Practices for Change Fellowship

Practices for Change Fellowship is a program of the National Accelerator for Cultural Innovation, funded in part by an Our Town/Knowledge Building Grant from the National Endowment for the Arts. The fellowship supports seven individuals with field experience exploring and implementing arts, culture and design-based practices focused on equitable community development in non-arts systems.

The selected national fellows work within systems such as health, justice, sustainability, housing, planning, and community development. During the year-long program, fellows will work in tandem with ASU faculty and staff as well as mentors with Center for Performance and Civic Practice (CPCP), to expand their own practical work and document practice and policy learnings from their real-life experiences. 

Practices for Change is intended as a peer cohort, so that ASU, the NEA and other partners working in the field can better understand what it means to support the work that happens between artists/designers and community systems. Through the fellowship, we hope to make visible this critical interstitial work that happens in community systems and creative placemaking and to expand this field of practice. The fellows will document their work and contribute to case studies, a podcast and a national convening in 2020 where they will connect with others working in the “middle ground” between artistic practice and public policy.

Announcing the 2019-2020 Fellows

Pamela Bridgeforth

Pamela Bridgeforth

Philadelphia, Pennsylvania  

Pamela Bridgeforth, director of programs for the Philadelphia Association of Community Development Corporations, oversees PACDC’s Member Services programs and launched its Community Development Leadership Institute, which serves as a training and technical assistance umbrella for the association’s 130 organizations and other practitioners working to advance equitable neighborhood revitalization. In addition to leading the creation of two placemaking initiatives (The Third Space Initiative and Art-Powered Places) in collaboration with member organizations, artists, arts organizations and community groups, she convenes learning sessions and workshops on placemaking for the sector and produced a placemaking toolkit featured as part of the 2018 edition of PACDC Magazine: Art, Equity + Place: Creating Neighborhood Health, Happiness, and Well-Being with Art. Prior to joining PACDC, she served as executive director of the Walt Whitman Arts Center. She is an advisor and board member of the Camden Repertory Theatre.

Carrie Ann Christensen

Carrie Ann Christensen

St. Paul, Minnesota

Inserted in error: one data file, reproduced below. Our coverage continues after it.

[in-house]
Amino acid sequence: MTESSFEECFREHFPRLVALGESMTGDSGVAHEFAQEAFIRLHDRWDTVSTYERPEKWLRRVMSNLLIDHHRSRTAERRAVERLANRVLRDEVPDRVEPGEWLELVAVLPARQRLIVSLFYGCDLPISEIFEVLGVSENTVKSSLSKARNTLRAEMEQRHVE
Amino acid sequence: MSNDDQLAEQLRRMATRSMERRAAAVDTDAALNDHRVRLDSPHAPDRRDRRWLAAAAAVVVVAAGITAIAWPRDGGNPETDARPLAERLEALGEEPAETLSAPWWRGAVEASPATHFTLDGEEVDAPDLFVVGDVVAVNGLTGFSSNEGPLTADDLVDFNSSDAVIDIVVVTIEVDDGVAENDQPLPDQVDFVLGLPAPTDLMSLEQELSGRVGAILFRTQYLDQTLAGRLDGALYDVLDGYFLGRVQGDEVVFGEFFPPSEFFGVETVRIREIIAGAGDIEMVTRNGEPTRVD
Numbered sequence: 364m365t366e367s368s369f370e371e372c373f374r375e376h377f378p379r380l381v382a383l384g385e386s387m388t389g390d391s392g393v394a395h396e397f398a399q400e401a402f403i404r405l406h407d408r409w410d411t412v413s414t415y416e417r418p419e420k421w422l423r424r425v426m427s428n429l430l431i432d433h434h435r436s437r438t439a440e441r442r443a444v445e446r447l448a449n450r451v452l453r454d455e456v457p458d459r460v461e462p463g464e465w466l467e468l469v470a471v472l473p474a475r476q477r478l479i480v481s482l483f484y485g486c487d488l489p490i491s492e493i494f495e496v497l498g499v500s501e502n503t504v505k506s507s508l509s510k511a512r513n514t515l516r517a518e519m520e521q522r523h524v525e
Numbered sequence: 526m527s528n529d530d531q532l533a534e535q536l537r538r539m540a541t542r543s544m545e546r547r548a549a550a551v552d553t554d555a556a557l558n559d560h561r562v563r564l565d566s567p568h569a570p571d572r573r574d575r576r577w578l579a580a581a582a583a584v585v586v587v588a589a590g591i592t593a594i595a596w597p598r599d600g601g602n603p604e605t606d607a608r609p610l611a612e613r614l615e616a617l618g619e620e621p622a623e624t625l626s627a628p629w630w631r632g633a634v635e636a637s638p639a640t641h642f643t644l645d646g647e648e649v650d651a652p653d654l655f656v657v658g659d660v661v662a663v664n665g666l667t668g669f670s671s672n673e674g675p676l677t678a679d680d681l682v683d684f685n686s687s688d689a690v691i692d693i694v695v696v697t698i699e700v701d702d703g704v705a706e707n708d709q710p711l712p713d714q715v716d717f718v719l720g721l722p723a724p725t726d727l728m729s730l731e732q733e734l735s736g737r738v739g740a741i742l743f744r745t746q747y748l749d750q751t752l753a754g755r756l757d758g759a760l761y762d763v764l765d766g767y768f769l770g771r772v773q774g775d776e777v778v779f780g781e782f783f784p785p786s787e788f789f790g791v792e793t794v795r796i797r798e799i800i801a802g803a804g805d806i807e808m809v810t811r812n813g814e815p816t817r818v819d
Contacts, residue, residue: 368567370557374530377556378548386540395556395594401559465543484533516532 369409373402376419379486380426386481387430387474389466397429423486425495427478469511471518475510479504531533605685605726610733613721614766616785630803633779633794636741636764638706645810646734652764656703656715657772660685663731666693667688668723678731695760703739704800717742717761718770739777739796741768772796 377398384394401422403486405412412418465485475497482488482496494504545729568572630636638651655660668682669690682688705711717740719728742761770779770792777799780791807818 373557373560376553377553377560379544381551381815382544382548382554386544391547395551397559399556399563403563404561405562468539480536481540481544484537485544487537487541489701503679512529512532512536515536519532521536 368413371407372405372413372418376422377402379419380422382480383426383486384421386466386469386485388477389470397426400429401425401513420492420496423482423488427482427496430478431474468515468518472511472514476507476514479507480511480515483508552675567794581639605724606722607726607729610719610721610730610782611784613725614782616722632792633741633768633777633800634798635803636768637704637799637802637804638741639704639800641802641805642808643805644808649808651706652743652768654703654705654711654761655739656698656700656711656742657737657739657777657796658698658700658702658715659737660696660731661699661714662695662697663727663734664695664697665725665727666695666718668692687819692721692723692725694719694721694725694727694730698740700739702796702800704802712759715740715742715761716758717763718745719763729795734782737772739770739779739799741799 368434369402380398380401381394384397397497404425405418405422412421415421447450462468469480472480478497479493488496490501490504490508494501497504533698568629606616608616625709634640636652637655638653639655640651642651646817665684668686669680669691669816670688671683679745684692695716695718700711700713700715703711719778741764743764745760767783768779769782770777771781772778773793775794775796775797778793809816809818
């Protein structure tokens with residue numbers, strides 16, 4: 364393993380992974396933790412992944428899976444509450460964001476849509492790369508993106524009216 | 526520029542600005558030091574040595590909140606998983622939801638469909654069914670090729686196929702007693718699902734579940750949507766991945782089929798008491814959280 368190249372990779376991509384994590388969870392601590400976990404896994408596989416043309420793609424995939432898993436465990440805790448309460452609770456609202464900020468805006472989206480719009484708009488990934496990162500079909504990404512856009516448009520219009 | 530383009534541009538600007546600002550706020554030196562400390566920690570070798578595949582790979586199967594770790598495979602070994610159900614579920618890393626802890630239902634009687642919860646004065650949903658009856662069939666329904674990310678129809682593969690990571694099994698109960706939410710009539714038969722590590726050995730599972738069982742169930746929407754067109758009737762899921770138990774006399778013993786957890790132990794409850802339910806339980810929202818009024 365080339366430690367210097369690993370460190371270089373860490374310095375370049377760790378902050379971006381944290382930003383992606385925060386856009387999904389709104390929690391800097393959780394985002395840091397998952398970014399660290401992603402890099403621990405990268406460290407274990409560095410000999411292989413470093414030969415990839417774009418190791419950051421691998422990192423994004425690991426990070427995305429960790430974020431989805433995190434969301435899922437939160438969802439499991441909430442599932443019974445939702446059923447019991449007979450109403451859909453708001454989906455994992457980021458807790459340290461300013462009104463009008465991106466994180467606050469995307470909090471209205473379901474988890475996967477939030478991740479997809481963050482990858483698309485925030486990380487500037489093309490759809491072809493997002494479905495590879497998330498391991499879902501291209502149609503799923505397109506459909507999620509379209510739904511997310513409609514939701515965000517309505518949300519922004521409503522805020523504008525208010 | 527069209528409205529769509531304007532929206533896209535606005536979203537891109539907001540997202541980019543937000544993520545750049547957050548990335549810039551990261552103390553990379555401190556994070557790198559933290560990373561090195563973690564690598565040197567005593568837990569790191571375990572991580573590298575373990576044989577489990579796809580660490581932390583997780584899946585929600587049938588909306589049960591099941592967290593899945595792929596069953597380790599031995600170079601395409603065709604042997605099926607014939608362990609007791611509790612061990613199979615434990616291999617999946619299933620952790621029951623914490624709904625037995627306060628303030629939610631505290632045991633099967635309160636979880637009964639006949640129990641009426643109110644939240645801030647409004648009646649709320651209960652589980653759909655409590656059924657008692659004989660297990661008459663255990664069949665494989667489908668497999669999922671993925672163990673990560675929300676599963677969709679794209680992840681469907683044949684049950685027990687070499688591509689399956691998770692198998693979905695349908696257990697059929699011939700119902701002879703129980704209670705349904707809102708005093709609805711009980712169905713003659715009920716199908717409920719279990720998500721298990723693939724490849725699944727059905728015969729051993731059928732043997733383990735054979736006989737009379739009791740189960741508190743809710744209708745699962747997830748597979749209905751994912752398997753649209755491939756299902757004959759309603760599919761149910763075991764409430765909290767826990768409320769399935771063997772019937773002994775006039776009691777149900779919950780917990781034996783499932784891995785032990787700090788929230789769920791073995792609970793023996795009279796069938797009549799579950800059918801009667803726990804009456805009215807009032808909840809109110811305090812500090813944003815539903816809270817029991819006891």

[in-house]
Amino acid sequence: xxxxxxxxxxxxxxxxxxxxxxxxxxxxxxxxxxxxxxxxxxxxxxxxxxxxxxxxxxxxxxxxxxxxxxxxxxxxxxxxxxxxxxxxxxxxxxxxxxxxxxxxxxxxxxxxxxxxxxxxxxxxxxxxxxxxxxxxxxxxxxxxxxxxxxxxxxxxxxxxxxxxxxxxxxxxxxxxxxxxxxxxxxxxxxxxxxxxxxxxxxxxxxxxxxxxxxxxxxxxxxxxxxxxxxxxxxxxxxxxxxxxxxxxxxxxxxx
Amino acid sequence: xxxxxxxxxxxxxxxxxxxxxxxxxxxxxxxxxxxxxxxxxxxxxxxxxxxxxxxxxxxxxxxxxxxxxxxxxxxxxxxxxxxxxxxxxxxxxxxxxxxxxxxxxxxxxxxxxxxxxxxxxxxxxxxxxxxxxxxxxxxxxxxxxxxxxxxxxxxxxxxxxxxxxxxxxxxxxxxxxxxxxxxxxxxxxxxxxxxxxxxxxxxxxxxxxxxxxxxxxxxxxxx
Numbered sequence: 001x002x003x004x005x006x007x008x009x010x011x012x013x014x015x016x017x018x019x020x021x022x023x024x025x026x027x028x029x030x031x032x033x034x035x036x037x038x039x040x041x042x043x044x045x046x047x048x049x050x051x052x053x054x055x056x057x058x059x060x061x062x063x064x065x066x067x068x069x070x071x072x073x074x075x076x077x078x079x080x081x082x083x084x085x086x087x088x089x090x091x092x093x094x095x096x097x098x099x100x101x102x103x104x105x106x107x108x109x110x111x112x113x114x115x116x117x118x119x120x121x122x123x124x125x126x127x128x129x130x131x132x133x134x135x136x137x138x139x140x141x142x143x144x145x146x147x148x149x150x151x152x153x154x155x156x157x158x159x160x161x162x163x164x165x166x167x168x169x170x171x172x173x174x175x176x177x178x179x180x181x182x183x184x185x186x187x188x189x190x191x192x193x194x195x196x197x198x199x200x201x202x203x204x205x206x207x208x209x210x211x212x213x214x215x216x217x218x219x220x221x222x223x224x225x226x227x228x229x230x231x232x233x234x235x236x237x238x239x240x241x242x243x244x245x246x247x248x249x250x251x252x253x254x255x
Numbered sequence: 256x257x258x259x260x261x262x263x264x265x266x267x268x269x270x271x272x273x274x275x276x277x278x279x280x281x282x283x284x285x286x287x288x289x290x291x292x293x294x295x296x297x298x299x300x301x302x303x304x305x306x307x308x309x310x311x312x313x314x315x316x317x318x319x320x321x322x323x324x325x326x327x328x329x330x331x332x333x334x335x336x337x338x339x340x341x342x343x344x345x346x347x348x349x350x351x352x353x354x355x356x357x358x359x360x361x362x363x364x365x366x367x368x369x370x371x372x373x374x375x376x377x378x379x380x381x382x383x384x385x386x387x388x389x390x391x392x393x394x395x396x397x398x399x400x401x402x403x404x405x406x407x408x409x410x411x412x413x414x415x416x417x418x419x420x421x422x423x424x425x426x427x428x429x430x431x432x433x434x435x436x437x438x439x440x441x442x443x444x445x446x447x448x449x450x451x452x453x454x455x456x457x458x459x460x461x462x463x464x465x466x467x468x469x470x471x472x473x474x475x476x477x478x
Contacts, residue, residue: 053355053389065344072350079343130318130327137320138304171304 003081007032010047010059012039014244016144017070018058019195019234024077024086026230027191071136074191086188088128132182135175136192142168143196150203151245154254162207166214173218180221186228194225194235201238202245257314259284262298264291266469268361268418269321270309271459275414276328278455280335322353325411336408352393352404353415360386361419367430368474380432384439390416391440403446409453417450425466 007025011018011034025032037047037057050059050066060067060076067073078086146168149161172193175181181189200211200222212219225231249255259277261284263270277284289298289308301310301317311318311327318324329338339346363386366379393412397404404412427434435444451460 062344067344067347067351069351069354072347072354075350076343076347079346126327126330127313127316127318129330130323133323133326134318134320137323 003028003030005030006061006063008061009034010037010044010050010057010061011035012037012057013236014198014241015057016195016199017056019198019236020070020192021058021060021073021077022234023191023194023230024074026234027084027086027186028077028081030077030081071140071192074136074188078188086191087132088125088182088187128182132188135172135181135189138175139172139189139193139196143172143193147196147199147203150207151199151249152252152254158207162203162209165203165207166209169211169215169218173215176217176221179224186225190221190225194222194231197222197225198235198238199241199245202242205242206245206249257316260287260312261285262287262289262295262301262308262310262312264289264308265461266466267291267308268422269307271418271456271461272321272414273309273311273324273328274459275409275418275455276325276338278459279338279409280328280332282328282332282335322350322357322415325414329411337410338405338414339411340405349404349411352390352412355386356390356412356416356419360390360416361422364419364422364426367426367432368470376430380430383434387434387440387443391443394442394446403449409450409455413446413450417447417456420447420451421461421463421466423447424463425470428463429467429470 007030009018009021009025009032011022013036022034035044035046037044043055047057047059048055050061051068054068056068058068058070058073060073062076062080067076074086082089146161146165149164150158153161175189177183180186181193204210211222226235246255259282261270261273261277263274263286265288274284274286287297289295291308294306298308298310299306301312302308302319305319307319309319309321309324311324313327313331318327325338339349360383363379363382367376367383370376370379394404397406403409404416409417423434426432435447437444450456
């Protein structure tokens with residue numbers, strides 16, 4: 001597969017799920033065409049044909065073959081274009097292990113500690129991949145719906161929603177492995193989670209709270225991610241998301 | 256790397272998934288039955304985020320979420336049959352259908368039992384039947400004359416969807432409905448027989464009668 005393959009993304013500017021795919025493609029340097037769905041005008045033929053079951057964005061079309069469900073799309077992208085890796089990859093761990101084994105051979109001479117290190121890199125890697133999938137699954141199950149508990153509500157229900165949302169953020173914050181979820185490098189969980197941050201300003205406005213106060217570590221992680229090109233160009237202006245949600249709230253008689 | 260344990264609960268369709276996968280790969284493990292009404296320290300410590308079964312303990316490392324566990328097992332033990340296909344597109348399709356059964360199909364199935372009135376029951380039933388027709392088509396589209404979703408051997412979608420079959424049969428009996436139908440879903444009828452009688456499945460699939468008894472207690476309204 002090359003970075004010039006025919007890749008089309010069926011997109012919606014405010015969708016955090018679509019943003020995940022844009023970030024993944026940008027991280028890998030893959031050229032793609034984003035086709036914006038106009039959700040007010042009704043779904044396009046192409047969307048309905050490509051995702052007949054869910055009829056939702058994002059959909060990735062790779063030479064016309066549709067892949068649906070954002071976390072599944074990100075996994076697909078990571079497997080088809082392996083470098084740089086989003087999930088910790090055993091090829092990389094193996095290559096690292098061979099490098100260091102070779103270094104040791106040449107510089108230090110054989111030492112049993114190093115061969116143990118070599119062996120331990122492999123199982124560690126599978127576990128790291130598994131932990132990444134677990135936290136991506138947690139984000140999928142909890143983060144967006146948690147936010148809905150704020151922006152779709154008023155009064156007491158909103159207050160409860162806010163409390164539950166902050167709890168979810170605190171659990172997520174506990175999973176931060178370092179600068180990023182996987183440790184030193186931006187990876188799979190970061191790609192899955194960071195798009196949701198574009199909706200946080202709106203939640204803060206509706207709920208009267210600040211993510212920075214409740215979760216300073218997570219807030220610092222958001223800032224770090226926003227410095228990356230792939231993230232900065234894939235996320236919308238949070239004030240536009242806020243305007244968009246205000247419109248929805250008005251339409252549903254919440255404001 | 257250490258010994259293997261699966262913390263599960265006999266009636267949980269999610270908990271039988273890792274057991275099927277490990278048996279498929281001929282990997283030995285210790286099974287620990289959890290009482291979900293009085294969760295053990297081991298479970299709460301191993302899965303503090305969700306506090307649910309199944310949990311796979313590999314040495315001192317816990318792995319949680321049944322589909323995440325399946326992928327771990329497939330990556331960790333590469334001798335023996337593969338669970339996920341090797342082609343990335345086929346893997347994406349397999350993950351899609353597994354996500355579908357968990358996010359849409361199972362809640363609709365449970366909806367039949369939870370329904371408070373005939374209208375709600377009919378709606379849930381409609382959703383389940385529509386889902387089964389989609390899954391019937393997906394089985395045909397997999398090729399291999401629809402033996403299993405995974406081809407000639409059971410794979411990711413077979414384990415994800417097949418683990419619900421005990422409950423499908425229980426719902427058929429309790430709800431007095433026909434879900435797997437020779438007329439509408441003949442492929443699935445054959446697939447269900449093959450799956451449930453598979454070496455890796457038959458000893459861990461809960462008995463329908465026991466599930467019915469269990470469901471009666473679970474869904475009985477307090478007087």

Carrie Christensen’s work in design, planning, education and community engagement falls at the intersection of equity and the environment. With a master’s degree in landscape architecture from the University of Minnesota and a B.A. in urban studies from Stanford University, her cross-sector work combines facilitation, design thinking, community organizing, project management, data analysis, curation, planning and environmental design processes. Christensen is a published author, an adjunct faculty at the University of Minnesota, a 2001 Fulbright Scholar and a 2010 Creative Community Leadership Institute Fellow. She combines facilitation, creative expression and qualitative data methods to bring diverse community voices into planning and design. Christensen is a senior planner at the Minneapolis Park & Recreation Board, where she works on park policy, design and community engagement. 

Melissa Liu

Melissa Liu

Brooklyn, New York

Melissa Liu has worked at the intersections of art, culture and education over the past decade and is currently interested in intersecting these areas to support non-profit services for New York's Chinatown community as program site director with Immigrant Social Services, Inc. Liu has advocated for people of color and immigrants from different class backgrounds and abilities as an administrative worker, organizer and artist through collaborating with groups and networks including Admin, Zines4Equity, Museum Hue and Occupy Wall Street Arts and Labor. Liu's experience comes from having supported programs, projects and workshops with the Getty Foundation, Hammer and Fowler Museums at UCLA, Columbia University (School of the Arts, Center for Oral History and Business School), College Arts Association, Kelly Street Community Garden in the Bronx, The Laundromat Project, Brooklyn Children’s Museum, CAAAV Organizing Asian Communities and Borough of Manhattan Community College.

Ruby López Harper

Ruby Lopez Harper

Washington, D.C.